Welcome to Literary Mama Rewind! Every few weeks we’ll round up some of our favorite essays, stories, poems, columns, and reviews from the Literary Mama archives relating to a particular theme. They guard our houses, make us laugh, and many times take over our lives, but the dogs we keep also end up taking over our hearts. This week we have stories about the canine companions who share our lives.
- Au Pair in Alabama, or The Legend of the Dog-Killer by Tua Laine in Fiction
Our first au pair killed the neighbor’s dog the morning after she came to Alabama. She was eighteen and looked like her name in Finnish: Satu — a fairytale.
- Unleashed by Vicki Fish in Fiction
Rule #1 of the Pet Visiting Program: Control and Protect Your Pet. Maureen fears Ike could hurt himself or others in his great bounding happiness…
- The Invisible Dog by B.L. Pike from the Column Senior Mama
One evening at dinner our daughter Dara read us an article about a child with diabetes who was raising money for an alert dog. Until then we were unaware that dogs existed who could alert their person to dangerously high or low blood sugars—a situation Dara herself runs into often enough despite performing between ten and twelve blood tests daily on her calloused fingertips. How do dogs manage this remarkable feat?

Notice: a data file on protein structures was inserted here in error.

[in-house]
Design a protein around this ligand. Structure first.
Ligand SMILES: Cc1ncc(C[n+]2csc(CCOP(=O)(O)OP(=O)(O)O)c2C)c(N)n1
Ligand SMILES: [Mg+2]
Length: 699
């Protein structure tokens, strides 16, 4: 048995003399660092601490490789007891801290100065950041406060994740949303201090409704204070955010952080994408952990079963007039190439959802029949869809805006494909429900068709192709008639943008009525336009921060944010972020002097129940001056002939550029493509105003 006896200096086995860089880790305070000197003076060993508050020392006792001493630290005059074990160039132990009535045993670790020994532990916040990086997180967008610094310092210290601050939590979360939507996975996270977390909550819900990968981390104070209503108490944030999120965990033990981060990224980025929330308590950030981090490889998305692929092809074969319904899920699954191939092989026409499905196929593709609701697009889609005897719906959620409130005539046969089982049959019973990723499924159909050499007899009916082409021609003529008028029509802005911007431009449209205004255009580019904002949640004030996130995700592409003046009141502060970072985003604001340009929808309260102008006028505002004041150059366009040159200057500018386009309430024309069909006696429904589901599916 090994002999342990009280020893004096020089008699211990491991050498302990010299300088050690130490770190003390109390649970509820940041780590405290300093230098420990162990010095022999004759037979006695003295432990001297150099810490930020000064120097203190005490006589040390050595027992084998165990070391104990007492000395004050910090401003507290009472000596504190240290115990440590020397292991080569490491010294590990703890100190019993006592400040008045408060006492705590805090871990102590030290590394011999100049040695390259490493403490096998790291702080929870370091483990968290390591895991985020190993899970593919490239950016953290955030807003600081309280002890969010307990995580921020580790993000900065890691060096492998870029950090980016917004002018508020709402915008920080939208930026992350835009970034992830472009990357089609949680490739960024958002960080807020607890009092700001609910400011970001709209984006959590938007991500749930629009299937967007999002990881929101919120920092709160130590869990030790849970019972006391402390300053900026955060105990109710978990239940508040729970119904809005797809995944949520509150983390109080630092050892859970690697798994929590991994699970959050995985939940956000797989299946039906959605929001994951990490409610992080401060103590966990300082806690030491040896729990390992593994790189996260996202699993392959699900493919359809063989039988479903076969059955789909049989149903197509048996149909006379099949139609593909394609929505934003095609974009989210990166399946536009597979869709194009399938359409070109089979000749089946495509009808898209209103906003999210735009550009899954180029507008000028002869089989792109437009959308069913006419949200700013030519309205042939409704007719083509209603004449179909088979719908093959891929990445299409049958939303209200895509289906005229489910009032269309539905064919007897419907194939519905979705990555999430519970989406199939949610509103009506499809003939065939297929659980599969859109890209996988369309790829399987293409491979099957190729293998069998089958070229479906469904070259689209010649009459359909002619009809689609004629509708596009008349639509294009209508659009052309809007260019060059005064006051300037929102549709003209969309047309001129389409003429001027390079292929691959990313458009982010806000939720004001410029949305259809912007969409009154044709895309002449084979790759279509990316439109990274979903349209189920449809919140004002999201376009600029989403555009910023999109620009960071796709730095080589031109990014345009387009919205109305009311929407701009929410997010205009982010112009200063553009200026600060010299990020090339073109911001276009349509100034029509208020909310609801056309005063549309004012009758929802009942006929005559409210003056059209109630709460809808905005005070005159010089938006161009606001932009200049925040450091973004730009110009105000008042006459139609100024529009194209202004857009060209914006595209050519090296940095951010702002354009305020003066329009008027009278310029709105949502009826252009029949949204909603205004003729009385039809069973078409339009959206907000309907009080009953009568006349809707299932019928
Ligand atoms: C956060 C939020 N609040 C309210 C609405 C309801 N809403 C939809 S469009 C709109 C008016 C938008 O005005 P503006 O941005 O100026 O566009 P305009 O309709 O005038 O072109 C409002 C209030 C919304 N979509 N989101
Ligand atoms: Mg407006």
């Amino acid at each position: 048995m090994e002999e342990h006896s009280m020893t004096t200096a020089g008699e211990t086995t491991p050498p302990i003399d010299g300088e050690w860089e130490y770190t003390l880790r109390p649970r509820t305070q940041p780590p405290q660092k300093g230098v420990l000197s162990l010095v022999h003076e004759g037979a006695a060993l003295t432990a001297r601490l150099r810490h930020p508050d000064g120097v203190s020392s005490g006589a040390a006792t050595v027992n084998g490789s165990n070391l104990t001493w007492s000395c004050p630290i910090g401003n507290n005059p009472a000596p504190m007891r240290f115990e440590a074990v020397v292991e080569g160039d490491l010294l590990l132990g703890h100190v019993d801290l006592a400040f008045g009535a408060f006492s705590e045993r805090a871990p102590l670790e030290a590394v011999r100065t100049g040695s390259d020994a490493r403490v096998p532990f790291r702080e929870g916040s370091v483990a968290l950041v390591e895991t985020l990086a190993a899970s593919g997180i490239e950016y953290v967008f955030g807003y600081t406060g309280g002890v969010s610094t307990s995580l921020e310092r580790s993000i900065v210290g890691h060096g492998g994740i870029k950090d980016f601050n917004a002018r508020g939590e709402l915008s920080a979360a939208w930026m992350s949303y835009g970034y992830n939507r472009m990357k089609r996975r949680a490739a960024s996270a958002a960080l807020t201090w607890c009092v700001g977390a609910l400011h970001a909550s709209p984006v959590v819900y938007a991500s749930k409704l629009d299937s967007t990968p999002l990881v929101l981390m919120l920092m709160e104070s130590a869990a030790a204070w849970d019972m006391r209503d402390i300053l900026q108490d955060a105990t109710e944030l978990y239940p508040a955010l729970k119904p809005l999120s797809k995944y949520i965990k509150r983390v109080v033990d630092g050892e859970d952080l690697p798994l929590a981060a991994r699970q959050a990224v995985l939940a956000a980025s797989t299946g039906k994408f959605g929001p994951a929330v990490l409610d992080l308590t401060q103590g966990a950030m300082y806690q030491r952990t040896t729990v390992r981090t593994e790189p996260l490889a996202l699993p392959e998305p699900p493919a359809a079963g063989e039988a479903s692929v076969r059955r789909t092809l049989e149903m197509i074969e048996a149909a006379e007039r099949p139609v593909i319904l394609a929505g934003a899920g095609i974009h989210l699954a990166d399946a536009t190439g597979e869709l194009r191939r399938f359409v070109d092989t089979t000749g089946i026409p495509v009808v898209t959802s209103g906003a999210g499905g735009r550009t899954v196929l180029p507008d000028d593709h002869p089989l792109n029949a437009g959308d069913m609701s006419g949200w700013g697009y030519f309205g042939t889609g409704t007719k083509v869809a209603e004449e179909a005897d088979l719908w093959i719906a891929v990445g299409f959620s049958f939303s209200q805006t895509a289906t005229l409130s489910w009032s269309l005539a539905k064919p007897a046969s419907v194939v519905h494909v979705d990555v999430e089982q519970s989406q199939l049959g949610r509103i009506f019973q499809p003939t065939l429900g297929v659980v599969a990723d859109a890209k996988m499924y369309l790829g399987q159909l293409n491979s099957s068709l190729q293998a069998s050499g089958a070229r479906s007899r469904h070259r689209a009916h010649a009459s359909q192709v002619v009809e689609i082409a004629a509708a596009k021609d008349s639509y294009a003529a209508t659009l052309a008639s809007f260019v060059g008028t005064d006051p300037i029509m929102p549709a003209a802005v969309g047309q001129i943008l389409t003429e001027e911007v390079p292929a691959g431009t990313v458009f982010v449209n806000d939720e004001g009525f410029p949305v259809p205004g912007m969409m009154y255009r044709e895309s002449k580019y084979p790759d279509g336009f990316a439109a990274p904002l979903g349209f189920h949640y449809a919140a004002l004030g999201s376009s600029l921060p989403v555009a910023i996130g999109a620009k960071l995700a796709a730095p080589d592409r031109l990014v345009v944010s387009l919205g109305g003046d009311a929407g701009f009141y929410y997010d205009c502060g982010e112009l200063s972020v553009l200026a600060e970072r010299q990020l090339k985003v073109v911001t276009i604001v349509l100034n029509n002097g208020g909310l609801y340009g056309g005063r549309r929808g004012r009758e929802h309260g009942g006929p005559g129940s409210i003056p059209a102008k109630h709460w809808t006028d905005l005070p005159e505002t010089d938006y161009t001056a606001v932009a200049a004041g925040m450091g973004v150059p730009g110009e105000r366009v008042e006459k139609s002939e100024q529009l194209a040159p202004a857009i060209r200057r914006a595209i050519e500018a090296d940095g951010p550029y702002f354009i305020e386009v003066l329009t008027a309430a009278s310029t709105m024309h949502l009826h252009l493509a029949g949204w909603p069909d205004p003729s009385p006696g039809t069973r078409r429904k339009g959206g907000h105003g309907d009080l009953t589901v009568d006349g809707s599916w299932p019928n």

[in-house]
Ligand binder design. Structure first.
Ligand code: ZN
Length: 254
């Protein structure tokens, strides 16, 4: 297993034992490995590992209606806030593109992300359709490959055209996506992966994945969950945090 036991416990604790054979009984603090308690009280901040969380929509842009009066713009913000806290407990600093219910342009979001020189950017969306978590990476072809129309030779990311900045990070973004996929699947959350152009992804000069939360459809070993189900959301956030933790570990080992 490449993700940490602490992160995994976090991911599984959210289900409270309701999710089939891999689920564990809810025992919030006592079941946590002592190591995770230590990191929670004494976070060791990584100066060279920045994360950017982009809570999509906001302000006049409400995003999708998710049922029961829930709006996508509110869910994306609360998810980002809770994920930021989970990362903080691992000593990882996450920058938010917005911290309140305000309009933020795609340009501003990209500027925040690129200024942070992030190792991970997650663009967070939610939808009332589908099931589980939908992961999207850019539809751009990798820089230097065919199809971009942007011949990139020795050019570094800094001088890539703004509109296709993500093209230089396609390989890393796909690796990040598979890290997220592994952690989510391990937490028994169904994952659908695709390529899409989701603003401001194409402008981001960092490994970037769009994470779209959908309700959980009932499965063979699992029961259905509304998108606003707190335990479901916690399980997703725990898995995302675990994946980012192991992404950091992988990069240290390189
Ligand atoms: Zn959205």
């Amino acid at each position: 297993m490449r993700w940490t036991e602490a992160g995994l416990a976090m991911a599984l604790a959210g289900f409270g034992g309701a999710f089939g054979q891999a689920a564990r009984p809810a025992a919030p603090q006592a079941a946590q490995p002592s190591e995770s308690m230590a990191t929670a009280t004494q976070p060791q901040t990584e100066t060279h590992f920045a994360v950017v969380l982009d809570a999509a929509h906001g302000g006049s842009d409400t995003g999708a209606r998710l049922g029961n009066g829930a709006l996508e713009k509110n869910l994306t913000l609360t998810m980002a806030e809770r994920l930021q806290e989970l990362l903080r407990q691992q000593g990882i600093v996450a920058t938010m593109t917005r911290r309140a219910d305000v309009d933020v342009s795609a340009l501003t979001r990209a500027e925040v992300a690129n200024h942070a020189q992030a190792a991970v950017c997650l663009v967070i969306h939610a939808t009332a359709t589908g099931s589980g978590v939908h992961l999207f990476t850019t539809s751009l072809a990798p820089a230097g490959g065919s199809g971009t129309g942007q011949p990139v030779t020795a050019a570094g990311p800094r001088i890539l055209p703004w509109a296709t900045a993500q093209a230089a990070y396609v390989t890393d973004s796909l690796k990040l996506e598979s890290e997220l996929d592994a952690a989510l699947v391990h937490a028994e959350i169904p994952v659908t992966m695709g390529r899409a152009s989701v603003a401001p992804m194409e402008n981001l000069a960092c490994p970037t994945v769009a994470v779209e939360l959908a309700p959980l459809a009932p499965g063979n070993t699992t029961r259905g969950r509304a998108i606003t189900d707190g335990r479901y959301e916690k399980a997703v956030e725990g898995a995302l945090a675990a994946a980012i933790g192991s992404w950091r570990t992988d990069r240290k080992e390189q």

- Adopting Elvis by Lizbeth Finn-Arnold from the Column Mom and Pop Culture
My husband, Mike, looks at me and says bluntly, “You know this is a mistake.”
The cashier hands Mike his credit-card receipt, and my husband signs his name on the line. I look down at the eight-week-old baby cradled in my arms.
- Impregnate Me Please by Shannon Hare in Poetry
Sneaking around the dog park
like some kind of puppy pervert
- Metamorphosis by Jane Carroll in Poetry
Each Saturday morning my daughter becomes
a puppy. This continues for an hour or more,
before and after our breakfast.
- When He Returns by Kyle Potvin in Poetry
Each night, her canine sentry
from her husband’s
side of the bed.
- I Chew on My Dog Driver by Brit Kaufmann in Poetry
Stop wagging your tail. This is serious.
What were you thinking?